Saint Petersburg: The Venice of the North

Over 200 years has this beautiful city, situated on the banks of the Neva River, been the capital of Czar Russia. Today, Saint Petersburg is a huge monument of baroque and neoclassical architecture, and it hosts one of the most important art collections in Europe – the Hermitage. Theater and ballet of St. Petersburg are worldwide famous. The city has today also vivid cultural life: Every year, more than 40 international festivals take place in Saint Petersburg: many of them in the streets and squares, and on Neva and the canals.

Facts & History
St. Petersburg, situated at the head of the Gulf of Finland on the Baltic Sea, is the largest city in the North-West of Russia. It is one of the largest cities in the world, with over 4.5 million inhabitants. It is also a crossroad of many air routes, rail roads, water-ways and highways.

Founded in 1703, it developed quickly, beginning with the Peter and Paul Fortress. 10 years later Peter the Great transferred here the capital from Moscow. The famous Italian architect Domenico Trezzini was the first of many eminent Western and Russian architects to be involved in planning the city. In 1736-1737 the city was heavily destroyed by fires, and the rebuilding plan involved relocating the city centre to a new borough called Admiralty (today known as Nevsky Prospekt). After the Winter Palace was built, the rule was issued that no other building in St. Petersburg should be higher than this royal palace (even today the prohibition of building for instance sky scrapers in the centre stands). Catharina the Great allowed finally constructing bridges over Neva, which banks had been now lined with granite.

In the second part of the 19th century, various romanticist styles began to dominate in architecture; the city line has been enriched by The Church of the Savior on Blood, designed in the Russian revival style.

In 1861 the Czar emancipated the serfs, and soon it was time for the industrial revolution, that put St. Petersburg among the largest industrial hubs and cities in Europe. Poor proletariat districts spontaneously emerged on the outskirts of the city, and the first Russian revolution in 1905 begun here, as well as the following ones - the February and the final one, the October revolution. (When the WWI broke up, the name of the city was perceived too German and it was changed to its Russian version: Petrograd.) Lenin found Moscow to be the strategically better location for the new government, and the capital was moved there. Soon Petrograd got also a new name, Leningrad - three days after Lenin died in 1924.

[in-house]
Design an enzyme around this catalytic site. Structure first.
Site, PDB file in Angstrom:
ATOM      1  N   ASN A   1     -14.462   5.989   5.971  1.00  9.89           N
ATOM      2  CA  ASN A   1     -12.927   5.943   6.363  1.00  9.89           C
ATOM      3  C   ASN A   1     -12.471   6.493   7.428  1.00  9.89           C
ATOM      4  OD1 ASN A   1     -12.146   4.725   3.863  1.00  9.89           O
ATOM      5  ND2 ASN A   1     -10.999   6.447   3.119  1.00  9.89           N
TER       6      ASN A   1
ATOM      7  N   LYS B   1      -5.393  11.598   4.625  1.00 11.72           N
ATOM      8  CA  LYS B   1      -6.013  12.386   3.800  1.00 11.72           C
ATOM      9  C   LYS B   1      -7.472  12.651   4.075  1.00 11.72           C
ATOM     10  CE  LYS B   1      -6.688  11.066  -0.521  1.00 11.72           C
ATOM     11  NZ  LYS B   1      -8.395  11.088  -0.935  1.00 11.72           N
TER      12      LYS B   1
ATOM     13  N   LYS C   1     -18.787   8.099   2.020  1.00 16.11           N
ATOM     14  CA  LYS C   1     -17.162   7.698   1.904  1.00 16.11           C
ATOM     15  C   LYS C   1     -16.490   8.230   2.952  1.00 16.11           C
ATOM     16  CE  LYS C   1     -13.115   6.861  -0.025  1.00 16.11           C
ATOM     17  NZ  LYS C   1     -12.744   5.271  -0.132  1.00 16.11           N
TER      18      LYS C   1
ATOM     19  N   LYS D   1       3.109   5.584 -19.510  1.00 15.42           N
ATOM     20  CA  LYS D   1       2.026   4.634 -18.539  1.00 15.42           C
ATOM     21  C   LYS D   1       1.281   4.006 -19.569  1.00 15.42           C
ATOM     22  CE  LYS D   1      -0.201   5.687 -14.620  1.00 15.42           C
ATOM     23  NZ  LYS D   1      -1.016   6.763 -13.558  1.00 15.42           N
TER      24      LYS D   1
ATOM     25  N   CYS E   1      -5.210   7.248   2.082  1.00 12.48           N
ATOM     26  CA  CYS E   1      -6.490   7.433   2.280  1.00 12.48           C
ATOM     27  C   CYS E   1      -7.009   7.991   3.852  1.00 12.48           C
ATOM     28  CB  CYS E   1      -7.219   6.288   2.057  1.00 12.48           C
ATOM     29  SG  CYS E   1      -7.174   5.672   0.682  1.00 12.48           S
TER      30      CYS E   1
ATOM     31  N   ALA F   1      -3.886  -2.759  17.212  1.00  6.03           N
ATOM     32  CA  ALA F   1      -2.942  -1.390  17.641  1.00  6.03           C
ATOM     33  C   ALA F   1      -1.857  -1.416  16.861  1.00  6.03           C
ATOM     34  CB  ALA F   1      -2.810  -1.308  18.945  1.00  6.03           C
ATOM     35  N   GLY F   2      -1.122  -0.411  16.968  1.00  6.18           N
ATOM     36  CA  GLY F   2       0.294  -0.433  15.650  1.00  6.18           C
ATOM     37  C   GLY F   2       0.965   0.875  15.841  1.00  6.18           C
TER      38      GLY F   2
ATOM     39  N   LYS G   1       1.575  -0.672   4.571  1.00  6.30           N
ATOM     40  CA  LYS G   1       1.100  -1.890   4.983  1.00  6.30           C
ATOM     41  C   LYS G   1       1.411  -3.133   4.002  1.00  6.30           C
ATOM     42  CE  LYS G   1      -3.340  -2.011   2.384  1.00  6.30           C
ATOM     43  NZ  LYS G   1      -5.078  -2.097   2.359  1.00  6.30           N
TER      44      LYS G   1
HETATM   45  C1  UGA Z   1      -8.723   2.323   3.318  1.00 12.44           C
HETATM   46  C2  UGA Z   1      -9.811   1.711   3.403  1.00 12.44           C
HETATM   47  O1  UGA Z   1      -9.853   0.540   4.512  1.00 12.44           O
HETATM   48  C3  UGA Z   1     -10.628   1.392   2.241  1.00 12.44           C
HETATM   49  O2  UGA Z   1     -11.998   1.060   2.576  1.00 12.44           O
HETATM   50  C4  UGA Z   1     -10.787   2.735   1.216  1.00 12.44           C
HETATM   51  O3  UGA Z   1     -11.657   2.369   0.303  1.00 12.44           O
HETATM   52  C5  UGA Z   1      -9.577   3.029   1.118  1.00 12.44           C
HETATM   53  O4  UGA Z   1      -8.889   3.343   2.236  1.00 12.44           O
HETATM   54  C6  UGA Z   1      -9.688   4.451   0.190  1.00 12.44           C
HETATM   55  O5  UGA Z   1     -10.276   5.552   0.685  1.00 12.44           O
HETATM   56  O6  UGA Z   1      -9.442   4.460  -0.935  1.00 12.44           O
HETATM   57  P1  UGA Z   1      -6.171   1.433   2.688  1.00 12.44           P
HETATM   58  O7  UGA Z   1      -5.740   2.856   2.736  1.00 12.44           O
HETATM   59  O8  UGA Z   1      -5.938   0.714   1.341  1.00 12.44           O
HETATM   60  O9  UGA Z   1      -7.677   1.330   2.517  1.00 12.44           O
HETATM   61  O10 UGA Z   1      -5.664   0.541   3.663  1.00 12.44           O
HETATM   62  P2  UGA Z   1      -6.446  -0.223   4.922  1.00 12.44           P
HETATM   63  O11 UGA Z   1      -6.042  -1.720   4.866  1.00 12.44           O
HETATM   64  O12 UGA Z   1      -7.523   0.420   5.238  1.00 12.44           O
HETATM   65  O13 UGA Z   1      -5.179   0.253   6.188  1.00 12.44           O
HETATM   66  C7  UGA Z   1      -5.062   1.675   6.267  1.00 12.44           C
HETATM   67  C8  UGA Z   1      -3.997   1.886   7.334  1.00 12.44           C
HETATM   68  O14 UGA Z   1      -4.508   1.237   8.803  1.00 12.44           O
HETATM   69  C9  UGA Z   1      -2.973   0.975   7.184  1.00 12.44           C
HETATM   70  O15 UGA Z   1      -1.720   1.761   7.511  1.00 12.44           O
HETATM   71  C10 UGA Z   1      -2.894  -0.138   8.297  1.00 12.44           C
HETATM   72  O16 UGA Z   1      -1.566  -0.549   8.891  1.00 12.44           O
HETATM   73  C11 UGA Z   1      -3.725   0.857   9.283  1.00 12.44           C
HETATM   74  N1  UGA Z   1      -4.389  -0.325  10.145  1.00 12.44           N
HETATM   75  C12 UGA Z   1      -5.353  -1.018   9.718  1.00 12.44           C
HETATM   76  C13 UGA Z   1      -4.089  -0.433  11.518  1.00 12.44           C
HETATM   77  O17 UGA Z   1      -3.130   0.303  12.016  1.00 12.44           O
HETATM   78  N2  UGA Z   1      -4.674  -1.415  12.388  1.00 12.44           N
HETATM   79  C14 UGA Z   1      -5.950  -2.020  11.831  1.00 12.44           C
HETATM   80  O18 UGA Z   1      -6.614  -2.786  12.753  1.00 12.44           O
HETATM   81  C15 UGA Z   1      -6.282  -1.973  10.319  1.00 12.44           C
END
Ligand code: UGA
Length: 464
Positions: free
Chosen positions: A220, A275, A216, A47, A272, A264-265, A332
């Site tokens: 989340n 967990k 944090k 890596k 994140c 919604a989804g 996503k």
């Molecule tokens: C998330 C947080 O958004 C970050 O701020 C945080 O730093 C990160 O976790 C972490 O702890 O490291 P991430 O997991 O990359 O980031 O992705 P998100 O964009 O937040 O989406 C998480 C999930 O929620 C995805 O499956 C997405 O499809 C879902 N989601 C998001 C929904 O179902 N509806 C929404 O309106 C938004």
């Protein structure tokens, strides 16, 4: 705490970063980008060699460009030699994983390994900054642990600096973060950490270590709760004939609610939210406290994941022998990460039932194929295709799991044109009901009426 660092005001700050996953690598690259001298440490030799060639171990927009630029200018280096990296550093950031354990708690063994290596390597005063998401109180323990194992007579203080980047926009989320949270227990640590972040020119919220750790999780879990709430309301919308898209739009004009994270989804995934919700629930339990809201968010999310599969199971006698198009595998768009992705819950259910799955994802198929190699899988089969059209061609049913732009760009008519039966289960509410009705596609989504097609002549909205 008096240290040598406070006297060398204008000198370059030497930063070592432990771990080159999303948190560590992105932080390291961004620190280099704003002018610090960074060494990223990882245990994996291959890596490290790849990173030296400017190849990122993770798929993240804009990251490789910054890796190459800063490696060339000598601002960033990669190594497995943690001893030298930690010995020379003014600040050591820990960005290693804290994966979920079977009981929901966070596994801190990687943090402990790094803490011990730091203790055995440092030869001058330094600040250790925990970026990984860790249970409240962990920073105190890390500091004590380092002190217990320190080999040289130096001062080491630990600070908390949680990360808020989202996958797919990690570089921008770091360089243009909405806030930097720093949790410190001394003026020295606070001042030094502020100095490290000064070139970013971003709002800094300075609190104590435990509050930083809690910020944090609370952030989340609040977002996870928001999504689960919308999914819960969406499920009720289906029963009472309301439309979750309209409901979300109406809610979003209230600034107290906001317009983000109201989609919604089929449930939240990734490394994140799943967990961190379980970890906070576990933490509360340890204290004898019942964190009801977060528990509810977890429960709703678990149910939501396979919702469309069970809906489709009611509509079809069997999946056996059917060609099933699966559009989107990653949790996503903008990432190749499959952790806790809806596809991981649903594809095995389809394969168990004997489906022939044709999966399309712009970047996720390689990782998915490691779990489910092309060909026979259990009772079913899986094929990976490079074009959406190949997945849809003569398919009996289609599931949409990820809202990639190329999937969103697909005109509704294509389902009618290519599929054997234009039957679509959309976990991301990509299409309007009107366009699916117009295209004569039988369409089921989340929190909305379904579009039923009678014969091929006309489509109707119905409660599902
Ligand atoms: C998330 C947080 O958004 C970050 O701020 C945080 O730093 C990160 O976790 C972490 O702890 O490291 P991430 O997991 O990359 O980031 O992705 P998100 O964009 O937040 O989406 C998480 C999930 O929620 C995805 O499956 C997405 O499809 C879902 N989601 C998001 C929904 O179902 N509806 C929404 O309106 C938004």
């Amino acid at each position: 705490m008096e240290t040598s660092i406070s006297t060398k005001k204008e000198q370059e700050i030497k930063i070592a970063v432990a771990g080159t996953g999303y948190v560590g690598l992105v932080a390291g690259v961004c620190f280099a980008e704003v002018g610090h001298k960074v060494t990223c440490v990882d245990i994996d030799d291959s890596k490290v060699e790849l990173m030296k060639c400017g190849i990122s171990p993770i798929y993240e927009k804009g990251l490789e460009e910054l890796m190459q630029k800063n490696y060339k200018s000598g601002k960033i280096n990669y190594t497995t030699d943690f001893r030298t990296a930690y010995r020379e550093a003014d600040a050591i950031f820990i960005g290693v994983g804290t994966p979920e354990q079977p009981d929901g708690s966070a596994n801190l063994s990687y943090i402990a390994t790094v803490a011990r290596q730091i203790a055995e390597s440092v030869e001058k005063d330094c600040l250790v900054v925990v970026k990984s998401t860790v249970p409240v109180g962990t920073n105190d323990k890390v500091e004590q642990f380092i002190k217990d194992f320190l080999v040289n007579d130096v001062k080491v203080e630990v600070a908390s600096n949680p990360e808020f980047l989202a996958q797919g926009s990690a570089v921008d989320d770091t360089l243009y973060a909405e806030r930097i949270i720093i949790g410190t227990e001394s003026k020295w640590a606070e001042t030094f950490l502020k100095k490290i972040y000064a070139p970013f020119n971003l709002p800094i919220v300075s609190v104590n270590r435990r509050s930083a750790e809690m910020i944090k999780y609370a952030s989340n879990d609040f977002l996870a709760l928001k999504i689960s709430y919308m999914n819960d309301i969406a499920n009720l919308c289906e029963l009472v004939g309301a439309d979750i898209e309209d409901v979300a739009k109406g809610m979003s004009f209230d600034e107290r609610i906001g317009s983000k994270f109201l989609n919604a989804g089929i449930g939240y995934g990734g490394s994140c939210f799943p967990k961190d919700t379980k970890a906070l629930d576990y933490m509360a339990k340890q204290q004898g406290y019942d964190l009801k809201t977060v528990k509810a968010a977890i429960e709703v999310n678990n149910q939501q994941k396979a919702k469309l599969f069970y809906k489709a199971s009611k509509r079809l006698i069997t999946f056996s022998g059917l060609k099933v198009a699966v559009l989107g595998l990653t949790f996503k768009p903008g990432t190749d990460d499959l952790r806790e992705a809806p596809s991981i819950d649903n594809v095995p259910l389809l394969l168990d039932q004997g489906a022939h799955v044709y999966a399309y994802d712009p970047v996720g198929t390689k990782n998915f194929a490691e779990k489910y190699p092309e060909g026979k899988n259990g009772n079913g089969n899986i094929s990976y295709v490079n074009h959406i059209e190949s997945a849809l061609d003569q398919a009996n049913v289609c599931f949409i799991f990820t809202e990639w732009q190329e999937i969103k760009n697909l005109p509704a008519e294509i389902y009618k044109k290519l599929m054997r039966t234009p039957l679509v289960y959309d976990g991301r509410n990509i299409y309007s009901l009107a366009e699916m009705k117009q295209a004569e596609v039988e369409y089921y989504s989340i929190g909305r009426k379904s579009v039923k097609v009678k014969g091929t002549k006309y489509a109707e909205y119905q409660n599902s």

Depopulated for a while by the Red Terror, the city grew later in its outskirts, now it was quarters of countless communal apartments, typical for the soviet era. Stalin´s mania of relocating everything affected also Leningrad, the centre was now on Moskovsky Prospect, close to the new city hall. During the Great Purge in the 1930s, minorities were expelled from the city.

The siege of Leningrad by the Nazi troops during the WWII would be remembered as the most lethal sieges of major cities during the modern times. One million people starved to death during 872 days of the siege.

The name of the city was restored after the fall of Soviet Union in 1991.
Attractions/Things to do
  • The Hermitage Museum / The Winter Palace; one of the finest art collections in the world;
  • Peter and Paul Fortress;
  • Nevskij Prospekt, Saint Petersburg's Champs-Élysées, lined with fancy shops and department stores;
  • Alexander Nevskij Monastery;
  • Church of the Saviour on Spilled Blood;
  • Our-Lady-of-Kazan Cathedral;
    In summer: canal boat tours;
  • A stroll in Europe´s largest English gardens in Pavlovsk;
  • Opera & ballet: And at least one theater show should be on visitor´s the to-do-list, preferably Mariinsky (former Kirov) Theatre, Musorgsky Opera and Ballet Theatre
    Many of St. Petersburg's theatres have a long history and fine traditions. Such are, for example: the Major Dramatic Theatre, the Alexandrinsky Theatre, the Musical Theatre of the Rimsky-Korsakov Conservatory, the Komissarzhevskaya Dramatic Theatre, the Large Puppet Theatre.

Nightlife, entertainment, leisure
The city is one of Russia's main entertainment centers. The majority of most well-known Russian rock bands have originated from here. St. Petersburg has also a vast range of high-quality restaurants, bars and night clubs.

Getting here

By air:
Pulkovo Airport (IATA: LED), located about 17 km south from the center, serves a wide variety of destinations both international and domestic.
By train and coach:
Train from Helsinki (Finland) is one of the most comfortable ways to reach the city. The journey lasts about 5 hours. There are also railway connections with Moscow, Baltic States and Central Europe. The alternative is long distance buses.

By boat
Helsinki and Tallinn have summer cruises to Saint Petersburg. Many cruise lines to Scandinavia and St. Petersburg offer a one-day stop in the city.

Getting around
Preferably using the elaborated subway system (metro). Taking buses, trams and trolleybuses allows to see much more of the city. The public transport does not thou work during the night. It is not advisable for tourists to take a ride in private taxis. Except winter month, all bridges on Neva are drawn up at night; therefore try to get home on the right side of river before that. 

Humid continental climate, the average annual temperature is +4 °C (39 °F), recorded  extreme temperatures was +35°C in summer and -35°C in winter, but the average wintertime is -9°C and +20°C during three summer months, the period that is also known for the “white nights”.
Time zone: UTC (GMT) +3. Daytime saving time (DST) is observed.

Currency: Rubel (RUB).



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